Copyright ©2016 by Paul Niquette. All rights reserved.
In a WWII documentary
film featuring the exploits of the Vought
F4U Corsair in combat with the Mitsubishi
A6M Zero, mention is made of a well known
performance issue in the Zero. It is a
mystery that continues to this day.
20:35 in the film, a Corsair pilot comments, “We
could turn in either direction with ease.
And the Japanese Zero couldn’t do that. It
couldn’t turn to the right. So in a
high-speed dive with him on your tail, you could
turn to the right, he couldn’t make it and go on
by, so you turn back and ‘Hey, look what I've
The upward inclination of the fuselage tilts the plane-of- rotation of the propeller away from its normal orientation -- perpendicular to the flight path. Accordingly, the downward-moving blade on the righthand side of the aircraft is advancing at an angle into the relative wind and thus developing more thrust than the upward-moving blade on the lefthand side, which is retreating out of the relative wind producing less thrust.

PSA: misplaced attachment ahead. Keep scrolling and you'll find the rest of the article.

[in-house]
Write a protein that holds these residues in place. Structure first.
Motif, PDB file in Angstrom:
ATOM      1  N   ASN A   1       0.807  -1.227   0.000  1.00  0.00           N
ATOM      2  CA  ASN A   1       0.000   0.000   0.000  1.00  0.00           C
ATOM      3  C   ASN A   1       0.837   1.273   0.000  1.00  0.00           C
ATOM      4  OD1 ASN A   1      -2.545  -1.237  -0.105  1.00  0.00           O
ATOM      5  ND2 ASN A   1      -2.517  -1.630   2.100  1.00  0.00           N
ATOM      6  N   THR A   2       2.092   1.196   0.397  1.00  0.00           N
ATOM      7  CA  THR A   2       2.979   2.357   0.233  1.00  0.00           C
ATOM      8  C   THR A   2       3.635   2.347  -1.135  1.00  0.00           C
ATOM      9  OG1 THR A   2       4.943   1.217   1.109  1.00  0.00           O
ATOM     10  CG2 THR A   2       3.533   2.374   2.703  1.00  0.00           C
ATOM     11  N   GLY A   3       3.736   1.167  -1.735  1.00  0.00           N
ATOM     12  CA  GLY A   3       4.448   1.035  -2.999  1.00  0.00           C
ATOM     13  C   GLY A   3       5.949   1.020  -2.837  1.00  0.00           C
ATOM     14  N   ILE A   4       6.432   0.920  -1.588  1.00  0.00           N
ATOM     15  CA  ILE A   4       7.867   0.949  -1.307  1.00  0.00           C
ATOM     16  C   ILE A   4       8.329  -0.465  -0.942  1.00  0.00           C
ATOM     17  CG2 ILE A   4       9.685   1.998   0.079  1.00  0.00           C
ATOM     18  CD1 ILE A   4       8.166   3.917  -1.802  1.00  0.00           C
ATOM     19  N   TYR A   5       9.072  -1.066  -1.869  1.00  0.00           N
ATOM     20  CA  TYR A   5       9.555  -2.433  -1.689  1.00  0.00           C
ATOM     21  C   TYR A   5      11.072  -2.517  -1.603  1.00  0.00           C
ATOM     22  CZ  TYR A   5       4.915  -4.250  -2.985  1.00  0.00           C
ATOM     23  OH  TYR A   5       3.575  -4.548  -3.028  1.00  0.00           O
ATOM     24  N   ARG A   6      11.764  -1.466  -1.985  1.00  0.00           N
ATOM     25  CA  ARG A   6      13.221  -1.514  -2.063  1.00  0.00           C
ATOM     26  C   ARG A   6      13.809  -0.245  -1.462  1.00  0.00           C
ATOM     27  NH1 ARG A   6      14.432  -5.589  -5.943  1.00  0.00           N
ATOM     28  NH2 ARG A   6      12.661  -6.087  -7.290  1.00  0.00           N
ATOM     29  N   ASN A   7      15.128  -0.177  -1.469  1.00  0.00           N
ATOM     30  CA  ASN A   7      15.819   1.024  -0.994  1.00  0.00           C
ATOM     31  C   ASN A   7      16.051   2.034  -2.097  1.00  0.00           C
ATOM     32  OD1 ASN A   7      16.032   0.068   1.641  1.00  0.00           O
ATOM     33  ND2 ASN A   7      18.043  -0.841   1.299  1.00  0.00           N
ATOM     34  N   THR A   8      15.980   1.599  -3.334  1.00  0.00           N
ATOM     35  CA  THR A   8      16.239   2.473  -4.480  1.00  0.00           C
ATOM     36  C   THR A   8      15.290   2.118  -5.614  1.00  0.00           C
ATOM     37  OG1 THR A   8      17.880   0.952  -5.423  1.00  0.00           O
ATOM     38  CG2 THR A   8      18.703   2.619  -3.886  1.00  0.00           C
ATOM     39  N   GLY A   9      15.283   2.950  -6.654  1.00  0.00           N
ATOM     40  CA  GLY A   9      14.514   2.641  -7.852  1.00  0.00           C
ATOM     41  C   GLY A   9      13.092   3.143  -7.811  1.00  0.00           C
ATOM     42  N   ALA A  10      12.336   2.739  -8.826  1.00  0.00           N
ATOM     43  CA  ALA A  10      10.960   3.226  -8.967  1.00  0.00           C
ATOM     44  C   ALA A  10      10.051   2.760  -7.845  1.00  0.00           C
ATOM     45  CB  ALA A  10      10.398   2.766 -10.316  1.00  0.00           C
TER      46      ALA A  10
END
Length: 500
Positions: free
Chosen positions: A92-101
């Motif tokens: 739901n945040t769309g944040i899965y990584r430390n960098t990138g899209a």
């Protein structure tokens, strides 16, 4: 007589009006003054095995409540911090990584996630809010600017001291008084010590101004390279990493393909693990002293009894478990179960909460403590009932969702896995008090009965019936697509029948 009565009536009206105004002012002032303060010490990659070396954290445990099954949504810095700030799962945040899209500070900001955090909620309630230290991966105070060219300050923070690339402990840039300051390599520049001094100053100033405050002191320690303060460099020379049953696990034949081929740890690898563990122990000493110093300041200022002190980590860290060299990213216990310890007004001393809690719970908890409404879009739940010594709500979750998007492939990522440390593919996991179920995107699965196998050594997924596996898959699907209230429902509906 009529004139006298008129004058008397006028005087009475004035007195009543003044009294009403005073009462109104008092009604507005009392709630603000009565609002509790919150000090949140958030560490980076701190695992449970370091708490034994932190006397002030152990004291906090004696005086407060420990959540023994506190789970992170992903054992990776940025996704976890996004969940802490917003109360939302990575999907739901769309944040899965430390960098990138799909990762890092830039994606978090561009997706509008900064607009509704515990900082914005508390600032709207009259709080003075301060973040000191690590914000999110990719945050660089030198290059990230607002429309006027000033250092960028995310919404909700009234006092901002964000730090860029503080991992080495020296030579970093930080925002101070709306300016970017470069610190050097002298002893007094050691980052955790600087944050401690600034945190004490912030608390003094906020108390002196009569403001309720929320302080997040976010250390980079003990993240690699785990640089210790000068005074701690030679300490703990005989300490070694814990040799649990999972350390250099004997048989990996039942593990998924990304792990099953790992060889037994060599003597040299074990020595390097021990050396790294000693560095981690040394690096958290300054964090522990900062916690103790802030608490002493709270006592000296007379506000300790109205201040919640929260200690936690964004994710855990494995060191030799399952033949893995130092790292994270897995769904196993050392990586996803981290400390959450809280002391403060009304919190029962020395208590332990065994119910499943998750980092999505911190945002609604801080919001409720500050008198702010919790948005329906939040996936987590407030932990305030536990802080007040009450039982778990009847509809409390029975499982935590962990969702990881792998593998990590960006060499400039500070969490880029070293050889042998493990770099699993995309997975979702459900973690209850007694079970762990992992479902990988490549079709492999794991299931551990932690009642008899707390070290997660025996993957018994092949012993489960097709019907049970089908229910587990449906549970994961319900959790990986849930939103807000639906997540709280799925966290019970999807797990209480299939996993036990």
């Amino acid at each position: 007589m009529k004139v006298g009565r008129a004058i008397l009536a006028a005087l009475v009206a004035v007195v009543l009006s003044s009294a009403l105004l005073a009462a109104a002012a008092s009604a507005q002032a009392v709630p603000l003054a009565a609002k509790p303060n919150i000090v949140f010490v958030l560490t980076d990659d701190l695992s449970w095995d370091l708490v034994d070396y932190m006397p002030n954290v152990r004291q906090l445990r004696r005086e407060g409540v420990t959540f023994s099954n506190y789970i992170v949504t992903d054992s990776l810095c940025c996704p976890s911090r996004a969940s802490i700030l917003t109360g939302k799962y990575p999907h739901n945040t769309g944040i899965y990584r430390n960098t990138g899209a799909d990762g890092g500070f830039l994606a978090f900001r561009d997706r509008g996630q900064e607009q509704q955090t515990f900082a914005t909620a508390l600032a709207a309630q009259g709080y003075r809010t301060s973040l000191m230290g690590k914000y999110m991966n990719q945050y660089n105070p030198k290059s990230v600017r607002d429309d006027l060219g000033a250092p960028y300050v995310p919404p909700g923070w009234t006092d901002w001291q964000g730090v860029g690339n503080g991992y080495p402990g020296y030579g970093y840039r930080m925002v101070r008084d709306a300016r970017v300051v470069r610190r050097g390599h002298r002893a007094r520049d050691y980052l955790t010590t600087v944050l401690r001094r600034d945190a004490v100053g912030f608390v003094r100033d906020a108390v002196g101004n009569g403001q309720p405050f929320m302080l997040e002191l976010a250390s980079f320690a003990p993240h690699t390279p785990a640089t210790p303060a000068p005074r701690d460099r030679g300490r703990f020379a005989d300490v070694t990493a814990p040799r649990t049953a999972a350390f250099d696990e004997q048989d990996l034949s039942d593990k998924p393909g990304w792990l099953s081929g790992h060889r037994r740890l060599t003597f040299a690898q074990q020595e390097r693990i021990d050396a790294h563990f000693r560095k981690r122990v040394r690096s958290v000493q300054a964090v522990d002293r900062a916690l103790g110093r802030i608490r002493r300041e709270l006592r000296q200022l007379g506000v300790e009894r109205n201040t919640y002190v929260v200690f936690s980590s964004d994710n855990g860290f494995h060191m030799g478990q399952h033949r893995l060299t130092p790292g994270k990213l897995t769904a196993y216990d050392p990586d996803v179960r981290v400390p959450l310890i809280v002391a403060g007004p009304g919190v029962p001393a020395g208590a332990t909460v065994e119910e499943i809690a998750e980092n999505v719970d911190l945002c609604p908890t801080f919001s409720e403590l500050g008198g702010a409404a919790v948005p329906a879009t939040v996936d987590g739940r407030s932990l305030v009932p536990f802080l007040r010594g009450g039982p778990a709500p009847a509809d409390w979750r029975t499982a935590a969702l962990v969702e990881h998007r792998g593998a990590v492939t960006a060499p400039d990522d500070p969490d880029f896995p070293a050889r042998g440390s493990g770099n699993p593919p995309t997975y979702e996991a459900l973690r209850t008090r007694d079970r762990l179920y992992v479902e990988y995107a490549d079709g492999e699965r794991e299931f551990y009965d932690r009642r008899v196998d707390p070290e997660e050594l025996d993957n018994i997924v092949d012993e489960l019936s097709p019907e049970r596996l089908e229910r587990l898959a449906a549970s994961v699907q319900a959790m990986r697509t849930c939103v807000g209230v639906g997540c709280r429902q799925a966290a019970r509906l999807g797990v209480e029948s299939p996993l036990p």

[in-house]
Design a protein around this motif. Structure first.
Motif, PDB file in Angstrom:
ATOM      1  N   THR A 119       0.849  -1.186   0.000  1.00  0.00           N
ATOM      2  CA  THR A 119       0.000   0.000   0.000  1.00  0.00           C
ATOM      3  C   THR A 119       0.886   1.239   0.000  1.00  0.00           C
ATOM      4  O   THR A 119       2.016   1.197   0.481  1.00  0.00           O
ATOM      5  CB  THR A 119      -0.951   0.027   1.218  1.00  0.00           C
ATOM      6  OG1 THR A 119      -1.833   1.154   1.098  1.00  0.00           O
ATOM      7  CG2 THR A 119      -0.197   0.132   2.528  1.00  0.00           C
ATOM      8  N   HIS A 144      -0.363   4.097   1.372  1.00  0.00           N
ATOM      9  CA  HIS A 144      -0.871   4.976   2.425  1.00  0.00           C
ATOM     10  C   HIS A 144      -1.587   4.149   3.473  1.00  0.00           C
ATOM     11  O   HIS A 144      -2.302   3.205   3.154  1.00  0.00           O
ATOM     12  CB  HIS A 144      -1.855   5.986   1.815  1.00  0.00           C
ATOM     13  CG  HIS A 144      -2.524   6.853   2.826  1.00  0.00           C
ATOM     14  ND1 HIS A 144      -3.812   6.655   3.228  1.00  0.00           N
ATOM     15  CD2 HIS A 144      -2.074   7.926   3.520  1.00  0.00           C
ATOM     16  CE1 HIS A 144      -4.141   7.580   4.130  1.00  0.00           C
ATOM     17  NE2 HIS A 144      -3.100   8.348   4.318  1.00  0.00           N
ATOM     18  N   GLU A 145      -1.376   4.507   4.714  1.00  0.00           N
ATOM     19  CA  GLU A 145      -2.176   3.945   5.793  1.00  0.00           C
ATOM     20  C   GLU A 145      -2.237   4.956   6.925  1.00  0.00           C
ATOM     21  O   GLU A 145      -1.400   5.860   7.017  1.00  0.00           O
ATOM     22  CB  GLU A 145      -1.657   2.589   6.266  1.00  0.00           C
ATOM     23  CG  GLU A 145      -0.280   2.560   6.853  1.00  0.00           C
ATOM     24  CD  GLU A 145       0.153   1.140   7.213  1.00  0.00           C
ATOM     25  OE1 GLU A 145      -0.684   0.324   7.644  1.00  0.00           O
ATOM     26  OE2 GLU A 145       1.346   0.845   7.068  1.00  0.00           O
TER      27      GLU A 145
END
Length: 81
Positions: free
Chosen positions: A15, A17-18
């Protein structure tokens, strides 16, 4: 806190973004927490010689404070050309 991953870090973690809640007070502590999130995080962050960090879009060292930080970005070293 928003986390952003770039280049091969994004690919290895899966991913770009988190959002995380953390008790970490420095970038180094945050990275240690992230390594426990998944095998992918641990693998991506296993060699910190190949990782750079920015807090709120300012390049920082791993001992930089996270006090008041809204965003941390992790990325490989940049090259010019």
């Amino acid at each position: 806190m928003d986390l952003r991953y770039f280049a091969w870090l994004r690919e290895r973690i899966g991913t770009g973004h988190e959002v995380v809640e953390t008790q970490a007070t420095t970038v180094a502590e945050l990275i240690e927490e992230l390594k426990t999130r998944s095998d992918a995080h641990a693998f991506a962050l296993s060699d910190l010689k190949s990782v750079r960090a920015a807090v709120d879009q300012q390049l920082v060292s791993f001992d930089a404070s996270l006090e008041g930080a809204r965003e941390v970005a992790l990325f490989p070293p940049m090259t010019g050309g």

Solvers must conclude that the P-Factor is not operative at high speed in a dive. Based on comments received from a number of firstname.lastname@example.org, it sure looks like there is an opportunity for a Puzzle with a Purpose...
Clue: Introducing the 'R-Factor'